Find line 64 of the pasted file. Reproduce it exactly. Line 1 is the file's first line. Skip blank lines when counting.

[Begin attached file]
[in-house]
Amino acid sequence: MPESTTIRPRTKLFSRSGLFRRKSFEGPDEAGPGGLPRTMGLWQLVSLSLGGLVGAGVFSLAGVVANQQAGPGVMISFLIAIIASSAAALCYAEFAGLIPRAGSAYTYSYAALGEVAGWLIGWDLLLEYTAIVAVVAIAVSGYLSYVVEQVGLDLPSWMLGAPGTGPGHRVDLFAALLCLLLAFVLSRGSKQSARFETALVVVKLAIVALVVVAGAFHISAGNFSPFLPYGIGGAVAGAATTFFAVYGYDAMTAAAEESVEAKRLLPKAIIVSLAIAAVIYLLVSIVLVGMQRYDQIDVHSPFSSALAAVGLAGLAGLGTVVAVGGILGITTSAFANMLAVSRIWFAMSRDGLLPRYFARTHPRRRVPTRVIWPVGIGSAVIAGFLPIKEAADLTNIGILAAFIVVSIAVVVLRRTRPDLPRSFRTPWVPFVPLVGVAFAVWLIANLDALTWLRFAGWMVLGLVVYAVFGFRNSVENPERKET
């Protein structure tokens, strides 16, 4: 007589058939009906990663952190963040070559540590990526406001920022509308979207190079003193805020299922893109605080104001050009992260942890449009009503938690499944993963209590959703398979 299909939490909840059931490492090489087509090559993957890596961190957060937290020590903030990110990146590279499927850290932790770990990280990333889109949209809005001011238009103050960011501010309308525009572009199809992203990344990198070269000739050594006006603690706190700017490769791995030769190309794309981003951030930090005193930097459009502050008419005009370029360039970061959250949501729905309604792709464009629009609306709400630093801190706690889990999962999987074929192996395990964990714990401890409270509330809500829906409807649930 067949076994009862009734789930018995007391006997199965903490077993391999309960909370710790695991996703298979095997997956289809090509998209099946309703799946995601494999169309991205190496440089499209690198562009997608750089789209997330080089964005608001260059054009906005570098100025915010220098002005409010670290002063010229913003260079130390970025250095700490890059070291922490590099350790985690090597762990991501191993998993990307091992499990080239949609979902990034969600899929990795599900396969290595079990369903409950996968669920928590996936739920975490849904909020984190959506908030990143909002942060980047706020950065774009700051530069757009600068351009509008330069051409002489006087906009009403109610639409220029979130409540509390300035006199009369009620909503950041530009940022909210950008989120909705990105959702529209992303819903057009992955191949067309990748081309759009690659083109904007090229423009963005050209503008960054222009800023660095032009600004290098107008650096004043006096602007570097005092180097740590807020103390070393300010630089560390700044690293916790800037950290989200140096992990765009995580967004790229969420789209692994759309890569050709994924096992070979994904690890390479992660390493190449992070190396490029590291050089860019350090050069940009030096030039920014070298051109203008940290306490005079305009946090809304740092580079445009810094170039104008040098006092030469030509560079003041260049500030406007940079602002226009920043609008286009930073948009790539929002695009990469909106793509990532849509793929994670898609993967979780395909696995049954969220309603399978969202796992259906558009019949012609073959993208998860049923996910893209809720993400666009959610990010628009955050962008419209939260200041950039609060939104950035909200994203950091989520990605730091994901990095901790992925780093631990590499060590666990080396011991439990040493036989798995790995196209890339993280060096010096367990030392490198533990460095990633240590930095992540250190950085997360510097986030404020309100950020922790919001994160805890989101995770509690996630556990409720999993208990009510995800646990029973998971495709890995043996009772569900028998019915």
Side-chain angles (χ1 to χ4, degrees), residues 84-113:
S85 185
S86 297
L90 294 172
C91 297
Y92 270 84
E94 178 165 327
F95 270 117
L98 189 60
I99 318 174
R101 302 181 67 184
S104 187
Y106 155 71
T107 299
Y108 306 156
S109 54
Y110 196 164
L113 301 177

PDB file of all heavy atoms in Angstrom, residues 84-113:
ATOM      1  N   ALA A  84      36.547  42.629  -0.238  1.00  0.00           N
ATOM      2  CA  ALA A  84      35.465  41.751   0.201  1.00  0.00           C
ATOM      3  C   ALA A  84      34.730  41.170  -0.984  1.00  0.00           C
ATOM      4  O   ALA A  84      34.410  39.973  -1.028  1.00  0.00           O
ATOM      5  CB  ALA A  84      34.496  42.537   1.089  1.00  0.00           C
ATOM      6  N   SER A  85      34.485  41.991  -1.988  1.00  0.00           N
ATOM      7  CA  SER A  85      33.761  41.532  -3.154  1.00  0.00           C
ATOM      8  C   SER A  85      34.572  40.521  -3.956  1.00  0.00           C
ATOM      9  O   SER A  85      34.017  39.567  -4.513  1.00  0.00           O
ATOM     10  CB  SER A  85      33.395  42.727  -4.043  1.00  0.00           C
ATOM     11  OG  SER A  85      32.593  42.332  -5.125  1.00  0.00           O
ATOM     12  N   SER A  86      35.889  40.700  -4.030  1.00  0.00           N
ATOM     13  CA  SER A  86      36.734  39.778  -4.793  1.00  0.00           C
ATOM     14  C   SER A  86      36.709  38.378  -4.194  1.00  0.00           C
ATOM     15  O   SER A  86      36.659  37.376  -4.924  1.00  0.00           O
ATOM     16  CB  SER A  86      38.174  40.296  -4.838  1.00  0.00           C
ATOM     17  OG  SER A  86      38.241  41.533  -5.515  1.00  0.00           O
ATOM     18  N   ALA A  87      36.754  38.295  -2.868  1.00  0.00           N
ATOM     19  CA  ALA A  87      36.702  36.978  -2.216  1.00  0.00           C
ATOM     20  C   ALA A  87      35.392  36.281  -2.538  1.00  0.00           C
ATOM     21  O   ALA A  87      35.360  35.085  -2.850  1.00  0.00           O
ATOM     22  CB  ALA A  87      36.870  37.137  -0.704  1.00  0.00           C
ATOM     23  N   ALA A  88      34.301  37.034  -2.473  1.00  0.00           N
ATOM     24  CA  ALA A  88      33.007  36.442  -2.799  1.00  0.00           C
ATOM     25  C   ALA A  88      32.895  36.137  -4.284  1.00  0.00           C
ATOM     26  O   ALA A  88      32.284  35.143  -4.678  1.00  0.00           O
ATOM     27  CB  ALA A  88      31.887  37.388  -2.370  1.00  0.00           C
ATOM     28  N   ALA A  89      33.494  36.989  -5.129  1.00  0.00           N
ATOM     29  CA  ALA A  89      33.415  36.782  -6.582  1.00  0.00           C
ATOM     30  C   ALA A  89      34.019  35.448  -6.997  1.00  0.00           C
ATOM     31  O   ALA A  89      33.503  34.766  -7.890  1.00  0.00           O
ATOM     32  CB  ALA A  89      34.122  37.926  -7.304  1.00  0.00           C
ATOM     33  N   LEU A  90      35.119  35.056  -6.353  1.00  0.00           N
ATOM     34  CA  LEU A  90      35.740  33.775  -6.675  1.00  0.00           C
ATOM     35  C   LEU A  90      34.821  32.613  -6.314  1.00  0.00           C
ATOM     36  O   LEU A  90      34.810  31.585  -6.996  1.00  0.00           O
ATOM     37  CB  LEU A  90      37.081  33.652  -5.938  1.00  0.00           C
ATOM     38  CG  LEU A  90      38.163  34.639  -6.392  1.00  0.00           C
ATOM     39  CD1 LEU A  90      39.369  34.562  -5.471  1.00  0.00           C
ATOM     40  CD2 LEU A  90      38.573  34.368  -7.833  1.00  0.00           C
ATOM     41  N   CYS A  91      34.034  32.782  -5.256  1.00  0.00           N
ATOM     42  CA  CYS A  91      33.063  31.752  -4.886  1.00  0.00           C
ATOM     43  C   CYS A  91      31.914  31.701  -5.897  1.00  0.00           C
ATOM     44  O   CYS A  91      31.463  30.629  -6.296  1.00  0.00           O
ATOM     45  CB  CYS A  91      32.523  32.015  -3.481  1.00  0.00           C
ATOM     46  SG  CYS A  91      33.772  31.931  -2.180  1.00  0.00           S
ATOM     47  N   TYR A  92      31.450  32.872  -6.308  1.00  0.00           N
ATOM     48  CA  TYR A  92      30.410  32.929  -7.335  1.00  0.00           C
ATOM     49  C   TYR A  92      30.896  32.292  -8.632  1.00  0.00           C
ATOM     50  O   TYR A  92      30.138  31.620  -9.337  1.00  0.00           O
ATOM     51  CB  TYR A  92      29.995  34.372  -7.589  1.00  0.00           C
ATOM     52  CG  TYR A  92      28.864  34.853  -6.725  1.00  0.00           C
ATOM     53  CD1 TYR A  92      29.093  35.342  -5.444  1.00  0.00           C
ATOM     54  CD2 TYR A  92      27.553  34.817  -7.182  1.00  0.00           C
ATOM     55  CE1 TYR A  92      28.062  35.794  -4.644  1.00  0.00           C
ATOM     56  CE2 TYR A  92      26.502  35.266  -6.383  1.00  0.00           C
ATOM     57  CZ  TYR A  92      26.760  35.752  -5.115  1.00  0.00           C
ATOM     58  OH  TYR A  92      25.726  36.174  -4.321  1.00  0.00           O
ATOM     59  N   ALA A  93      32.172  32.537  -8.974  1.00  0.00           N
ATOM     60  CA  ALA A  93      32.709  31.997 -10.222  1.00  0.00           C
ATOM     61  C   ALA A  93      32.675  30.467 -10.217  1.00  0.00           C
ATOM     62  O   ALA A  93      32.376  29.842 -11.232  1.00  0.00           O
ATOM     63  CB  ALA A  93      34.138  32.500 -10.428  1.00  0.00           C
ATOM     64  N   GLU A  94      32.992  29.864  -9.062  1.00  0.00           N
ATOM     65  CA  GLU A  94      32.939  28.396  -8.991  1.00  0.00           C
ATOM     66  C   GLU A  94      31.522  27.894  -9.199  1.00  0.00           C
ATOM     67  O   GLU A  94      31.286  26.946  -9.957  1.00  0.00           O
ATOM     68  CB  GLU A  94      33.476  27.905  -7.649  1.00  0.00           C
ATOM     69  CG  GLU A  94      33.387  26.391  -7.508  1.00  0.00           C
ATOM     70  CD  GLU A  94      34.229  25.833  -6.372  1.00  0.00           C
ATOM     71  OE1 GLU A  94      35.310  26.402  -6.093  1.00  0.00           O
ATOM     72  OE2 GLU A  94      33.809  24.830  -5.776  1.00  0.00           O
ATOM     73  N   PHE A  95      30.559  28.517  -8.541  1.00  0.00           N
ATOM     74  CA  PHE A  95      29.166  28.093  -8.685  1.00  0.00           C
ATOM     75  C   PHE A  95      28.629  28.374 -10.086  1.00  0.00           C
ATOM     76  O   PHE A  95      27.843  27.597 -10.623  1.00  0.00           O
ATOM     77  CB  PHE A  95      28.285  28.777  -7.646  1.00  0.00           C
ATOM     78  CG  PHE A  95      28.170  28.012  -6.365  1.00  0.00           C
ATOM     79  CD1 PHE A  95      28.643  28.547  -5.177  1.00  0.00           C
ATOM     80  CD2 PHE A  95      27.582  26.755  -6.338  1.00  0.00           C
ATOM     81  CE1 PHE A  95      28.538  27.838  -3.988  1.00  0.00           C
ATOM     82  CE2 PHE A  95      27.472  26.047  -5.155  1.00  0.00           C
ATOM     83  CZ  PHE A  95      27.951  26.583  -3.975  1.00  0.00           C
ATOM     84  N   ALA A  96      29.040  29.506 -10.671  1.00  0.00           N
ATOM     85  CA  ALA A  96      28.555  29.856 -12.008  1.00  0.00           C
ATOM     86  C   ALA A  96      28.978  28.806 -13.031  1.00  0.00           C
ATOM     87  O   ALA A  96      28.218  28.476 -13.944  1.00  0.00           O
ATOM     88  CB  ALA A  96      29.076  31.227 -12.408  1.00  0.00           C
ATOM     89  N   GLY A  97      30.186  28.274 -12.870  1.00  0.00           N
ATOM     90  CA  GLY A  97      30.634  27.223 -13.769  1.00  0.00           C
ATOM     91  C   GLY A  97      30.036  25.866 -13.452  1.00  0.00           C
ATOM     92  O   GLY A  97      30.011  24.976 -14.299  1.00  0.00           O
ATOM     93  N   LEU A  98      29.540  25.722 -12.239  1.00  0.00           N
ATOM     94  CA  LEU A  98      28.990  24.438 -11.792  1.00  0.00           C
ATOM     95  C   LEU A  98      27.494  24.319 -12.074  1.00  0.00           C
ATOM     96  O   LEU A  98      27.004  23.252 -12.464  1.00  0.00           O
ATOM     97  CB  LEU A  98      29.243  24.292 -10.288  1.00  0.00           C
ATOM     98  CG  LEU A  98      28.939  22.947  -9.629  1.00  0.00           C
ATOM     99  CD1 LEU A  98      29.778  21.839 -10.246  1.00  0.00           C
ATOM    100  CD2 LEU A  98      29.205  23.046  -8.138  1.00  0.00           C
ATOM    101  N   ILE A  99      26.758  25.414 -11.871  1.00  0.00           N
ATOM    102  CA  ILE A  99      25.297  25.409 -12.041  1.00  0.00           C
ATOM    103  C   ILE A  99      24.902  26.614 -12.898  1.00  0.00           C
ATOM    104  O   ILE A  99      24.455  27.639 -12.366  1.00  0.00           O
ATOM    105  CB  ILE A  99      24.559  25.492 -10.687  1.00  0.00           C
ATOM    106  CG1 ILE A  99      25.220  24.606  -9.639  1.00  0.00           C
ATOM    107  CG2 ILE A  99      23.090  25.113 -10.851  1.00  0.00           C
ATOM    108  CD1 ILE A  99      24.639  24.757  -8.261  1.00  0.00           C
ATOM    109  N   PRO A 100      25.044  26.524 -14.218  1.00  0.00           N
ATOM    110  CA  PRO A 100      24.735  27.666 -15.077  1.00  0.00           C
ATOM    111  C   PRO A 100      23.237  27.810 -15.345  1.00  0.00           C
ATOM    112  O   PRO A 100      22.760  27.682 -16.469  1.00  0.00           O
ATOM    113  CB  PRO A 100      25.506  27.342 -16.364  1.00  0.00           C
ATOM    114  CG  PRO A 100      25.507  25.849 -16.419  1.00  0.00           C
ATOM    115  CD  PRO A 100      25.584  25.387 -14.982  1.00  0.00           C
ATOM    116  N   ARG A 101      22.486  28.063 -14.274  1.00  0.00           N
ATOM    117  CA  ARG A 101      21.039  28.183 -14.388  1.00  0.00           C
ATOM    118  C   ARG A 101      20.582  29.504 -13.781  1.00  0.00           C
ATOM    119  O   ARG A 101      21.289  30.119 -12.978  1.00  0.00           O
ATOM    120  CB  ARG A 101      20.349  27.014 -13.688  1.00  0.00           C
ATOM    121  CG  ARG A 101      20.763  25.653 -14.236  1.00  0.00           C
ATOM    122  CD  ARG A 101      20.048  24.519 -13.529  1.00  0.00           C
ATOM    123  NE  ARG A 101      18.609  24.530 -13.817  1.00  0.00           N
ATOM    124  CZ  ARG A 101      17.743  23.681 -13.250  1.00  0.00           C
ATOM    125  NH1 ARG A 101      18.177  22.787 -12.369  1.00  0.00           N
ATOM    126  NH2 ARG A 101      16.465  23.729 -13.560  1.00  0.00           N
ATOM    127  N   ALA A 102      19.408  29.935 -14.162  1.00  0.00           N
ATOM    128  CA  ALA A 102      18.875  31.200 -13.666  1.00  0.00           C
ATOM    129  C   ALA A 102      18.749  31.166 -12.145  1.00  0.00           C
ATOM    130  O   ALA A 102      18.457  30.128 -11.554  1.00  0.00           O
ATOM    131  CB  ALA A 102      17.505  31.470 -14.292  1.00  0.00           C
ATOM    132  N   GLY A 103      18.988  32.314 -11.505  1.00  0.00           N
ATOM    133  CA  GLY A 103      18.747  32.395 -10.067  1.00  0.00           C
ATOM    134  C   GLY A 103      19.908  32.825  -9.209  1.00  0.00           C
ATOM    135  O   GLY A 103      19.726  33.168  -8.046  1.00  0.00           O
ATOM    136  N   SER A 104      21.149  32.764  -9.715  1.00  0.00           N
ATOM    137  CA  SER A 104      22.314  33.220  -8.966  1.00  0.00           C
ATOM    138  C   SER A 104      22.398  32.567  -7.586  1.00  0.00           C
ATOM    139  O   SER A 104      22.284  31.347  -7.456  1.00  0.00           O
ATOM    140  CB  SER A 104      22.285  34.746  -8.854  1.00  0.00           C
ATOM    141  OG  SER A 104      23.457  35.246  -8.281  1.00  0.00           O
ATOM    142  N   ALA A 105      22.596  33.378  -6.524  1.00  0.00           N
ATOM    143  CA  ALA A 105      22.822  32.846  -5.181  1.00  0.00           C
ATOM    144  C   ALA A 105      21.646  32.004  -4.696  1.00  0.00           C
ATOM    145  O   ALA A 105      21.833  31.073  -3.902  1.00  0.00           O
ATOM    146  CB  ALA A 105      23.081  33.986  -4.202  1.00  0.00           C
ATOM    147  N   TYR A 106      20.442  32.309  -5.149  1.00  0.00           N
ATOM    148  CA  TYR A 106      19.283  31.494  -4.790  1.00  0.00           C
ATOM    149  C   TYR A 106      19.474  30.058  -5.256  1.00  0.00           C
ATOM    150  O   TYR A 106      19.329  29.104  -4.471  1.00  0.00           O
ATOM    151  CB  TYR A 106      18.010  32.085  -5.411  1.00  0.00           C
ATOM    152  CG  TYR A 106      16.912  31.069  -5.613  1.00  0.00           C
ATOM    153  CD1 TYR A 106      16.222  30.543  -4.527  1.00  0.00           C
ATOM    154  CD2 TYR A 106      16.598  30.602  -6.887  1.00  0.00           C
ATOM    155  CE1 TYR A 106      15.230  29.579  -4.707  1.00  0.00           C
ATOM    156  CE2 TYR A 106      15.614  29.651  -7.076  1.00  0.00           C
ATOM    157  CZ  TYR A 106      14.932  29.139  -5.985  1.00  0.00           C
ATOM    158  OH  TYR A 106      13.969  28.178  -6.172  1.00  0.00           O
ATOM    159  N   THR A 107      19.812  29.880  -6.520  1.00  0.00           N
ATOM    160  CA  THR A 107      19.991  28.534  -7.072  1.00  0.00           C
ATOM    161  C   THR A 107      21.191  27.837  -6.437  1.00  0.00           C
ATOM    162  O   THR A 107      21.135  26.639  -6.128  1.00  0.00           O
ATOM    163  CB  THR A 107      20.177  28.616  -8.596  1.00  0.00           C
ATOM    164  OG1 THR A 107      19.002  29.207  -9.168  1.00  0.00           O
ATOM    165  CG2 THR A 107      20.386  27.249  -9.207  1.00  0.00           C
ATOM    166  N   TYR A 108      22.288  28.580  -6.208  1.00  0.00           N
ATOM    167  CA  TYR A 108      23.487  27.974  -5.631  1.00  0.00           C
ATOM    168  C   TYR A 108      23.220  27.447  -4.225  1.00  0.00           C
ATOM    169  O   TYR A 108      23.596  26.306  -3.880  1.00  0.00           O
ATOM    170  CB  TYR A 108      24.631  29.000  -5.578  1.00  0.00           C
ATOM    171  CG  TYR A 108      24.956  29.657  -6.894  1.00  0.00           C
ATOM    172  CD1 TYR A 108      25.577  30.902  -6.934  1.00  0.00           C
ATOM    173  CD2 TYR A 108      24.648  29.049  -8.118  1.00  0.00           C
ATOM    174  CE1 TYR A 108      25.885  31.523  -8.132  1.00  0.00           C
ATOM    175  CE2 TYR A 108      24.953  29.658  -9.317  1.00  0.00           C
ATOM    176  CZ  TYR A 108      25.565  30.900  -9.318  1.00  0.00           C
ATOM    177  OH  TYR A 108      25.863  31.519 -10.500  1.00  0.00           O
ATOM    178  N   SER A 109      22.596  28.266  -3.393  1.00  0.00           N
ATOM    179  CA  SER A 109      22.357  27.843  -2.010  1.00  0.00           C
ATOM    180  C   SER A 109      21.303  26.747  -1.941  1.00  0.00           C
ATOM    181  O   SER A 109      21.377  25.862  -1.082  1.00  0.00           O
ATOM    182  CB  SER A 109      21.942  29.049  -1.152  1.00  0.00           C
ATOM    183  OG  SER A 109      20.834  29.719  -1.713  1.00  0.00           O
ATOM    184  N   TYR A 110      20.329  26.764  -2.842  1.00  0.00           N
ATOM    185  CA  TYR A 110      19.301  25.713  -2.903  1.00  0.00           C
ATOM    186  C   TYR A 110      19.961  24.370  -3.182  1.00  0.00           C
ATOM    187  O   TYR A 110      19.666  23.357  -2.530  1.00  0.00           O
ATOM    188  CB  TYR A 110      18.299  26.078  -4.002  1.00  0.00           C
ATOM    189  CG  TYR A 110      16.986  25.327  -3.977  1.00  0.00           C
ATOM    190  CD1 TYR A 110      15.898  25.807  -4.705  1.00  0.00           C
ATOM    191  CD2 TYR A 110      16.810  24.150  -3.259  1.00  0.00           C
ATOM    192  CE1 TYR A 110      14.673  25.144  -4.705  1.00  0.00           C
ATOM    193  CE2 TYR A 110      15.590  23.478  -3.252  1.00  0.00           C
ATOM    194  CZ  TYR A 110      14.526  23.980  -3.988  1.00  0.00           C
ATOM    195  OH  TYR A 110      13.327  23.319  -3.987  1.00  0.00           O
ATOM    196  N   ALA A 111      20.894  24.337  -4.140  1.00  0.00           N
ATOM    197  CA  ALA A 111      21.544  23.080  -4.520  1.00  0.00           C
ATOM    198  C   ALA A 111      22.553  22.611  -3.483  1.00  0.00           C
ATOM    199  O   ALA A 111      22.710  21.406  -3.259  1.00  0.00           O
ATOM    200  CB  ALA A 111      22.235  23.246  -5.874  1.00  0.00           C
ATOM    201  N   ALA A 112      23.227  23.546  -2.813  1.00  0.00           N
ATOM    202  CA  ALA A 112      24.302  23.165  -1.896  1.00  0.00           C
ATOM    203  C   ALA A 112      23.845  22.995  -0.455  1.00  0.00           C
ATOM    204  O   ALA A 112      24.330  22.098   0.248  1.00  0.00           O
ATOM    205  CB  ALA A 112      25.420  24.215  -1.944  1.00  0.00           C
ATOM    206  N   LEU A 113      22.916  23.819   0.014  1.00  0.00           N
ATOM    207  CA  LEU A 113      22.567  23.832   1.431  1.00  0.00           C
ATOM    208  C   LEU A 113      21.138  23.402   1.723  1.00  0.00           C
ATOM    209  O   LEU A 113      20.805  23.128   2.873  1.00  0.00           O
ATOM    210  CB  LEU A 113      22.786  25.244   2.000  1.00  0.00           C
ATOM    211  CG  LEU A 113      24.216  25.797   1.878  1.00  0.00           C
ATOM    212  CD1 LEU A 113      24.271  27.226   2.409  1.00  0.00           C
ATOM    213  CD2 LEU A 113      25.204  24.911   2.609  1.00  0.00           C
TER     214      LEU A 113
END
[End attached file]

ATOM     42  CA  CYS A  91      33.063  31.752  -4.886  1.00  0.00           C